• Posted on November 29, 2012 10:50 pm
    By Chris
    Physiology practical for urine and urinalyses

    Today started with most of last night spent revising, so am relying heavily on coffee today. I’ve got two exams today both in physiology and anatomy, however as anatomy is such a big area this week (muscles of the head, neck and spine) I am going reschedule my physiology (or resit) it next week.

    Anyways onto physiology when I got in today the test was at the start (previously it has been at the end) so did not get the opportunity to reschedule so will be resitting it later next week. The good news however is that I passed my last physiology credit test with 90% (which is a A) which was on the cardiovascular system. Todays session was on the examination of urine (called urinalysis) and looking at some of the methods used in looking at white blood cells.

    Physiology practical for urine and urinalyses

    Urinalysis is a great tool for diagnosis as it is simple, (generally) minimally invasive, and is relatively inexpensive. The test gives good indication of the kidney and liver health whilst also covering other diseases such as diabetes (did you know diabetes is a greek word?) too. Basically it requires a urine sample, the easiest of which is collected “free-flow” in a cup when the animal needs to go. If this is not possible a catheter can be used to collect urine directly from the bladder. In some cases a sterile sample may be needed which is usually taken by a process called cystocentesis where a needle is inserted through the abdomen into the bladder under ultrasound guidance with the animal sedated.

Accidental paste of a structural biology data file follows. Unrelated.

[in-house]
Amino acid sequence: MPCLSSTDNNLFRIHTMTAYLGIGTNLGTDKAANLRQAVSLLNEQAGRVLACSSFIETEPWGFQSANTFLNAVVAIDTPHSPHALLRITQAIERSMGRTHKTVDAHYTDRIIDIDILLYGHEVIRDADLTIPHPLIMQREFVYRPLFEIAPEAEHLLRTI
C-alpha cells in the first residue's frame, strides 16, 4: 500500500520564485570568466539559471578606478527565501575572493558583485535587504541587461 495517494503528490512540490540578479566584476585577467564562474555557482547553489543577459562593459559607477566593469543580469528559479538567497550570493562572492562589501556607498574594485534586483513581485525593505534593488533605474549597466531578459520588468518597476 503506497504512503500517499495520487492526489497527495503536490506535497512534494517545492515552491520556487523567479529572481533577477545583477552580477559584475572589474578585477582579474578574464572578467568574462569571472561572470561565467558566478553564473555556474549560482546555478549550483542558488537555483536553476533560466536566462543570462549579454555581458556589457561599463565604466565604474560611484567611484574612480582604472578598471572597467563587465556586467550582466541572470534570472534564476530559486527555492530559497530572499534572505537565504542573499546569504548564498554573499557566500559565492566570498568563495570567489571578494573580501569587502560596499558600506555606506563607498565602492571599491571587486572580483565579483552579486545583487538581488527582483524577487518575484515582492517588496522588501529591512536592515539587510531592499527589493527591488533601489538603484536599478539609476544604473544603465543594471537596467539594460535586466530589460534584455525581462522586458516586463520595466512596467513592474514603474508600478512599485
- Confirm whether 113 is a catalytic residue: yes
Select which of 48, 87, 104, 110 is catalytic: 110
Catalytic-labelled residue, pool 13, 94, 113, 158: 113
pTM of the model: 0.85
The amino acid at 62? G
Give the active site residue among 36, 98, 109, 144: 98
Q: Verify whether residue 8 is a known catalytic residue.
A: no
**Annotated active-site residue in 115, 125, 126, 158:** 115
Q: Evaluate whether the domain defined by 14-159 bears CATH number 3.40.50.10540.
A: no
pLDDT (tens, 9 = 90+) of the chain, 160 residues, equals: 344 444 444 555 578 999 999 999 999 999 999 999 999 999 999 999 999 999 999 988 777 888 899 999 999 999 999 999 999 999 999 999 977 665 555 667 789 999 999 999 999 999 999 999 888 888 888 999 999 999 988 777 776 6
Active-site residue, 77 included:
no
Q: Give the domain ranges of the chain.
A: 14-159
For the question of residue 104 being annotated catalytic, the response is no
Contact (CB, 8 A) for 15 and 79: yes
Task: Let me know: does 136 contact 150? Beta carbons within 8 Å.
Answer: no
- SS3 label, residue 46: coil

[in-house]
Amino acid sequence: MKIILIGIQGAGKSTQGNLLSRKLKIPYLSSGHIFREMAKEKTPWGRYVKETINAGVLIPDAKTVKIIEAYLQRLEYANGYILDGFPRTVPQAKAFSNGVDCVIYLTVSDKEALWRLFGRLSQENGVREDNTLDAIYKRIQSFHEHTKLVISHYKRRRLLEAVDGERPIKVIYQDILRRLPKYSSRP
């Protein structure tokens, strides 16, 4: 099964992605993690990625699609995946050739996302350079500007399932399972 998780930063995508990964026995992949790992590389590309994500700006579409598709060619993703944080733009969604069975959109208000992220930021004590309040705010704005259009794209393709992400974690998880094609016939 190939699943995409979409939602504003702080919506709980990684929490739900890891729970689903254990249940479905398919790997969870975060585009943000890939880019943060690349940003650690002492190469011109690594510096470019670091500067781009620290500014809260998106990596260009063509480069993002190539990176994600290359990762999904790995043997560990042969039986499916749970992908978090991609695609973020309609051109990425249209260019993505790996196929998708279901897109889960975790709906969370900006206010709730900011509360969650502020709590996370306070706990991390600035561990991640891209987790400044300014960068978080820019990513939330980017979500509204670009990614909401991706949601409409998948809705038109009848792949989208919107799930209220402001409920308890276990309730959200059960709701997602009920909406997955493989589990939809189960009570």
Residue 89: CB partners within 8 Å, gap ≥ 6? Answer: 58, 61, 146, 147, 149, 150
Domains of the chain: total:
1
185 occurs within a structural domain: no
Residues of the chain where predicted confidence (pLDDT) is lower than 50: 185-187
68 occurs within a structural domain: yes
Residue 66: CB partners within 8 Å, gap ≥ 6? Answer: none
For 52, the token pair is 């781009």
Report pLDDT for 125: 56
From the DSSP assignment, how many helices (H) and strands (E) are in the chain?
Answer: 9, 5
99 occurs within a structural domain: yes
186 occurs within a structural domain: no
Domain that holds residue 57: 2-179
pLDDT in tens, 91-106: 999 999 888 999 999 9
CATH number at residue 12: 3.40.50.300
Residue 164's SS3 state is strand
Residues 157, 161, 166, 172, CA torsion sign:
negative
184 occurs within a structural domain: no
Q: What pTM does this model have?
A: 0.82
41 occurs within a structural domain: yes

Todays anatomy test was on a big area with the muscles of the face & head, back and neck being covered. Despite knowing every muscle I fell at the first question as I had not learnt it by the groups the muscles are in. Duh! Well they say you learn from experience and this is one I will never forget… What was the question? Name the muscles of mastication (chewing).

    Well I know these are the masster (deep and superficial parts), temporalis, pterygoidei (medialis and lateralis) and the digastricus.

    Better luck next week with the diaphragm, abdominal muscles and respiratory muscles! I already know the diaphragm off by heart (no pun intended) so hopefully it should go ok!

    Posted in categories: Vet School Diary
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